Of course those numbers are based on season statistics, and many would point out that the Dodgers were a much better team with Manny Ramirez on the team. Is this true? Their record was 29-24 with Manny vs. 55-54 without him. They outscored their opponents 249-214 with Manny, which would translate to a ridiculous 40-13 expected record. Even with 53 games, you see the craziness of small sample sizes... The Dodgers actually gave up slightly more runs per game with Manny than without him, 4.04 vs. 3.98. So the improvement really was in the offense. They scored 4.7 runs per game with Manny, vs. 4.14 without him.
So, Viva la Manny? The small sample size skews things, but they sure look like good picks for the NLCS. The Phillies were a better team in the regular season, but nobody is as good as the Manny Dodgers. You're not going to find me picking the Dodgers. The Braves were in the NL West for a long time, so I learned to hate the Dodgers many years ago. Of course that's only gotten worse since I moved to the Bay Area nine years ago.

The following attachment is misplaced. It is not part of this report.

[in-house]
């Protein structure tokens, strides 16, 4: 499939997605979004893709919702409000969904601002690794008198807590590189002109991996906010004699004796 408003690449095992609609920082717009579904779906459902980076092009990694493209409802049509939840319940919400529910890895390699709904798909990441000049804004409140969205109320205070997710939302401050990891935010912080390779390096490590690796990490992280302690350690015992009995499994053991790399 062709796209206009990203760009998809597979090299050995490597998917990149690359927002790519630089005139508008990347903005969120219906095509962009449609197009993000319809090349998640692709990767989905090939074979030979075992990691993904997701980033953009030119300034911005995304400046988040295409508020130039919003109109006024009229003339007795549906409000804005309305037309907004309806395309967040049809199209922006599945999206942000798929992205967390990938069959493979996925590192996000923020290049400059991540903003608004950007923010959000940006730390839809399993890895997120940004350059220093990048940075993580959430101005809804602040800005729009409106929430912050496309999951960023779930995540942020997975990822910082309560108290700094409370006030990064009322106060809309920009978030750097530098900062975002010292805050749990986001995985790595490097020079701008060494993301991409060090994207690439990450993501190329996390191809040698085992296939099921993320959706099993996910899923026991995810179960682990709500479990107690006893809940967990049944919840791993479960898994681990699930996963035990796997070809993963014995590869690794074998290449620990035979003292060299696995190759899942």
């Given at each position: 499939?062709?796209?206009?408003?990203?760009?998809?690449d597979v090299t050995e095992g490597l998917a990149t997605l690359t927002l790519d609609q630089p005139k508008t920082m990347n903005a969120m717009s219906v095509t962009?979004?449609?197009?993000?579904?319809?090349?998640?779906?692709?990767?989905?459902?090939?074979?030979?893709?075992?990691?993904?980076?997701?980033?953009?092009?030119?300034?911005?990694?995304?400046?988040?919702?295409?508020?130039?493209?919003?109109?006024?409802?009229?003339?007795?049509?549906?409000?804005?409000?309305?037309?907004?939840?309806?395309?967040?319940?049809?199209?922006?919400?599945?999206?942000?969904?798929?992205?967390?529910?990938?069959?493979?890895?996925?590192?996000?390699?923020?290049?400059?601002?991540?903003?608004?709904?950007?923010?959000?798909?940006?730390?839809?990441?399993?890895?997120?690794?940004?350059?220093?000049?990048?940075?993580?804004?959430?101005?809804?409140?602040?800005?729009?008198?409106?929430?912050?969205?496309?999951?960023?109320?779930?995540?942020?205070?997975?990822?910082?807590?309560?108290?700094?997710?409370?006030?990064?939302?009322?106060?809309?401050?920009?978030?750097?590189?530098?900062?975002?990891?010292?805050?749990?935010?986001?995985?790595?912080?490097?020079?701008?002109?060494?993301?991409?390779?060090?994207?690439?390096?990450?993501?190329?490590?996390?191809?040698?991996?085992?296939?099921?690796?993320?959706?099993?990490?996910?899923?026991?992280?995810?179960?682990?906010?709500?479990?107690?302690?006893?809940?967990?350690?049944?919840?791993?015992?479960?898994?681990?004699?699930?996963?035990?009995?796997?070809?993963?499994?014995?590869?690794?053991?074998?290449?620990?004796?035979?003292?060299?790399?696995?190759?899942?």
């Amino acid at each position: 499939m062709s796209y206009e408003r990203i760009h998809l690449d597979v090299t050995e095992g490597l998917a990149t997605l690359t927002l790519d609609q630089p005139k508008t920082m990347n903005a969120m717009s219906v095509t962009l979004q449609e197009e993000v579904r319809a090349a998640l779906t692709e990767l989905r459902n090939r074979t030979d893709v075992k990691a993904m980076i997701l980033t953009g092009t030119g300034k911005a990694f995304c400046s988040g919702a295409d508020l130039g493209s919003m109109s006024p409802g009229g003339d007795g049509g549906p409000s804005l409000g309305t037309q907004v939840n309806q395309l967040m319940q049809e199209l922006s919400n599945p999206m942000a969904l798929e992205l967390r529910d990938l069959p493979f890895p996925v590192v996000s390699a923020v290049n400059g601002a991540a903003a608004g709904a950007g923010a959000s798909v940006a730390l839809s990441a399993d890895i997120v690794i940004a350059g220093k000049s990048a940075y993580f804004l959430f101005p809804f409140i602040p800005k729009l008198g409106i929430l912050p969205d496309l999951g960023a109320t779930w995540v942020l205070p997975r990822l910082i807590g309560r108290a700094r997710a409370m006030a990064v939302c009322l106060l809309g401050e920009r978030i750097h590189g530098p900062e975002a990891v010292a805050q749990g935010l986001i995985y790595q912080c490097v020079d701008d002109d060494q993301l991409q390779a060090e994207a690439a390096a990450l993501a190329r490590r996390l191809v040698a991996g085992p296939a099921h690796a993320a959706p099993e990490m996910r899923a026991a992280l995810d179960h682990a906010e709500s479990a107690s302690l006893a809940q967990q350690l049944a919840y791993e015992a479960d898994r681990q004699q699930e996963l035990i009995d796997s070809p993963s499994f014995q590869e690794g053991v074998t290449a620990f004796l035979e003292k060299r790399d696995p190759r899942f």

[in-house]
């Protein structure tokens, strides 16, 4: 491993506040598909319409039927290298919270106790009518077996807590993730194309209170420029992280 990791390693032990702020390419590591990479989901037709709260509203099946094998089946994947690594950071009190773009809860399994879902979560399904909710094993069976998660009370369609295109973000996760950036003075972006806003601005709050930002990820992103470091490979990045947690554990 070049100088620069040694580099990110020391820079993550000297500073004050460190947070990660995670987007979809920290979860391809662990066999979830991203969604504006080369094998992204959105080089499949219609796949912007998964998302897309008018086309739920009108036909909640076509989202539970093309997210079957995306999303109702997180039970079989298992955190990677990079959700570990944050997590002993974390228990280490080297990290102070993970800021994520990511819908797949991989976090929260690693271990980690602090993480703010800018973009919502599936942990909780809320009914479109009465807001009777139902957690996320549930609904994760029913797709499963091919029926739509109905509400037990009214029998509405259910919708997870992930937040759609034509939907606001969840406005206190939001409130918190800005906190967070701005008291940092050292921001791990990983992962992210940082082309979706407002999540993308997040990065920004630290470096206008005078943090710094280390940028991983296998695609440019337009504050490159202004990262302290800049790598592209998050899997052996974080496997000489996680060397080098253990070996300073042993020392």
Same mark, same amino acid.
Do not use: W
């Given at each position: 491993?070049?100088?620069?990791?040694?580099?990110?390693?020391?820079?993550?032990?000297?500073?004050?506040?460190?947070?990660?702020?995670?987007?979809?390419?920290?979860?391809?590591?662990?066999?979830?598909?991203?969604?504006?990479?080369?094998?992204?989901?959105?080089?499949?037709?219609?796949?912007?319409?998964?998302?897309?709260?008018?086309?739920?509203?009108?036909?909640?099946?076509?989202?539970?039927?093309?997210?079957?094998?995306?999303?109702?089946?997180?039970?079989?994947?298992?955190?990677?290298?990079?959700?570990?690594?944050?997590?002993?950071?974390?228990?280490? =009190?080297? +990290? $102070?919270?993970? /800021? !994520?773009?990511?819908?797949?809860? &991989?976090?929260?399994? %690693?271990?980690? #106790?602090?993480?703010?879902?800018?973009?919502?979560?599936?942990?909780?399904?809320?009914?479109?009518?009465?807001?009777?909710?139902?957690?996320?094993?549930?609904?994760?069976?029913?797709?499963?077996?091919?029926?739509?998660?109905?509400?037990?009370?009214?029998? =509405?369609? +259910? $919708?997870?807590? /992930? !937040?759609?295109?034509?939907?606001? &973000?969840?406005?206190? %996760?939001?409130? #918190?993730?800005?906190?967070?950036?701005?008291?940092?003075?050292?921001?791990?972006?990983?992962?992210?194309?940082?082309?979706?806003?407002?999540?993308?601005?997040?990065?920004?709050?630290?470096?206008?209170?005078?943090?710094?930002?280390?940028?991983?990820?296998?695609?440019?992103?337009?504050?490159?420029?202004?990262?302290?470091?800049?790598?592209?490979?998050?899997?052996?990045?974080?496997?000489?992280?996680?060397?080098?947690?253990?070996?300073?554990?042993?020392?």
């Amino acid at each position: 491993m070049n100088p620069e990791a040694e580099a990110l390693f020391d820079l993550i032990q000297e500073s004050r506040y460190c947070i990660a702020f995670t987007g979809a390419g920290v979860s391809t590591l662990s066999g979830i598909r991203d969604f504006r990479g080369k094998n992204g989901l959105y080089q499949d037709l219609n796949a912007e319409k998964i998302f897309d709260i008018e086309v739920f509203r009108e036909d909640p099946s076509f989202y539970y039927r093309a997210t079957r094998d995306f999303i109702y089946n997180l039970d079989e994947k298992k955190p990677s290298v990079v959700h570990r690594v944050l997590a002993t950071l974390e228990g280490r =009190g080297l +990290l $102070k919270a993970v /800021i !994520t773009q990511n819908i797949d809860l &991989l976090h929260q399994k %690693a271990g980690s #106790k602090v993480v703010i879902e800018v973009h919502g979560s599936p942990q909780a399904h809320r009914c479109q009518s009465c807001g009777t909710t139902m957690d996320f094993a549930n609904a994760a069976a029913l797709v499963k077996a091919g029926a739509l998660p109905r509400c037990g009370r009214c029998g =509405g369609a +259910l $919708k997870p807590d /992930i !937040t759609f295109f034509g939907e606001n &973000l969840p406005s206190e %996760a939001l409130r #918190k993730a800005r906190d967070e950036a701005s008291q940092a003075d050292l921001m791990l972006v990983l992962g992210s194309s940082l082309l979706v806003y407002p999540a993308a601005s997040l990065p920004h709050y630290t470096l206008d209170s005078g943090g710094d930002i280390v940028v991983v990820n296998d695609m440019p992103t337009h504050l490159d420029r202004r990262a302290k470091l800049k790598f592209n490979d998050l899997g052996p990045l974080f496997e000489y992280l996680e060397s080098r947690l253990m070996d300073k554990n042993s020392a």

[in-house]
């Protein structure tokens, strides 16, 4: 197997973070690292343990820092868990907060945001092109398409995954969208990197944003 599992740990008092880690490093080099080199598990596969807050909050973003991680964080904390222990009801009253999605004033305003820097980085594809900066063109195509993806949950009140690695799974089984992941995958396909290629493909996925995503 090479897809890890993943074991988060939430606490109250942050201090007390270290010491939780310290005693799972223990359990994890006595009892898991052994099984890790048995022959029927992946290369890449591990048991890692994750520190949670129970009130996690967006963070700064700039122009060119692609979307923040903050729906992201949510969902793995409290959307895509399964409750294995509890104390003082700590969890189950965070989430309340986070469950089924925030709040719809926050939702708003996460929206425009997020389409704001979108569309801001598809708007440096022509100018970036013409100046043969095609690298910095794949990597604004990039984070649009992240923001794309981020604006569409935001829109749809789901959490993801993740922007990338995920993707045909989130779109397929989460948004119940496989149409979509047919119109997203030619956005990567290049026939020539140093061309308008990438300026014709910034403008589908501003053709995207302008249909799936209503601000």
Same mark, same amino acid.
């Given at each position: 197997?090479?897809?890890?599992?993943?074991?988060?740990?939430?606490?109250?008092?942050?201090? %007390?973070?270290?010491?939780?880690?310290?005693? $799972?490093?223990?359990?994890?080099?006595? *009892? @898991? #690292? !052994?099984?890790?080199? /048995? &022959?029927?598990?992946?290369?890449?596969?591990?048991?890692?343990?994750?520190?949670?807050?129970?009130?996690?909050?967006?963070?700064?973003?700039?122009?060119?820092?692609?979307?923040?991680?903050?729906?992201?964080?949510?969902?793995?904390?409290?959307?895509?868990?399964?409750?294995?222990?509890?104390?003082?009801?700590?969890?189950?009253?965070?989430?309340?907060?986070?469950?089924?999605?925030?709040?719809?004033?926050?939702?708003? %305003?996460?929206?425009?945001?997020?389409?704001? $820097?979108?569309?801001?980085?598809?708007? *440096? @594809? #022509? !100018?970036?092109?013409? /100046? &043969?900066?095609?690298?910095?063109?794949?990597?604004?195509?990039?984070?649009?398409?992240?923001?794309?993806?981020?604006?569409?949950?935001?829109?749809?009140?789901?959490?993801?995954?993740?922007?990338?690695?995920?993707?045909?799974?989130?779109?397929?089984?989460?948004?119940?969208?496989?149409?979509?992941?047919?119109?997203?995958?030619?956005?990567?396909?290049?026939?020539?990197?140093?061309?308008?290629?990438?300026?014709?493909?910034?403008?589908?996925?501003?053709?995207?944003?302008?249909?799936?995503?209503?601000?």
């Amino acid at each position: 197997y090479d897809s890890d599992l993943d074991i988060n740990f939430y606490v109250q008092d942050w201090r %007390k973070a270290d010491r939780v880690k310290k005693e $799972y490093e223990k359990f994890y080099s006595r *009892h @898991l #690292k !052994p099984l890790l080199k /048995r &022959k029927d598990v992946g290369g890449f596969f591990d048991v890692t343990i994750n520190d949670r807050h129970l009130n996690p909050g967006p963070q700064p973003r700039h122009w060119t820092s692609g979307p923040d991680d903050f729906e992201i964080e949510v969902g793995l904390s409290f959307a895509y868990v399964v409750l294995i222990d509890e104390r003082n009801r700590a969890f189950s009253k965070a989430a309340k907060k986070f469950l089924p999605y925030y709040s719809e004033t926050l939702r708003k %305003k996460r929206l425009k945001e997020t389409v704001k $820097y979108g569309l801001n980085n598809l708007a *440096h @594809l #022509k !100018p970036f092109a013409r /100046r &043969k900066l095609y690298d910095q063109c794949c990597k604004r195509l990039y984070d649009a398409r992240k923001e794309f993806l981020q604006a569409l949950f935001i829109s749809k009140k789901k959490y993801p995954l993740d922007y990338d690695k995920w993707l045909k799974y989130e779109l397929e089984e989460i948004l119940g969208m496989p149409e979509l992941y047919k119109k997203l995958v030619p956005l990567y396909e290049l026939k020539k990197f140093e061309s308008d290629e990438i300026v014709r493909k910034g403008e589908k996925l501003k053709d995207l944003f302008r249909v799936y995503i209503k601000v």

So what about the ALCS? Boston is statiscally a better team than Tampa Bay. What is unusual too is that these two teams had strong home vs. away stats. Both teams were much better home teams than road teams. Tampa Bay won the AL East, so they have home field advantage. Could the home team win every game in this series? Even with these teams it is statistically unlikely, but the home team bias suggests that this series will be very close.
By the way, it should be no surprise that the ALCS is between two AL East teams. Six of the top AL hitters in terms of runs created were from the AL East. Ten of the top twenty hitters in terms of runs created per 27 were also from the AL East. Eight of the top fifteen AL pithcers in terms of ERA were also from the AL East. And it's not just Boston, Tampa Bay, and New York. Baltimore and Toronto also had very good hitters (Nick Markakis, Aubrey Huff, Alex Rios) and pitchers (Roy Halladay, Jeremy Guthrie).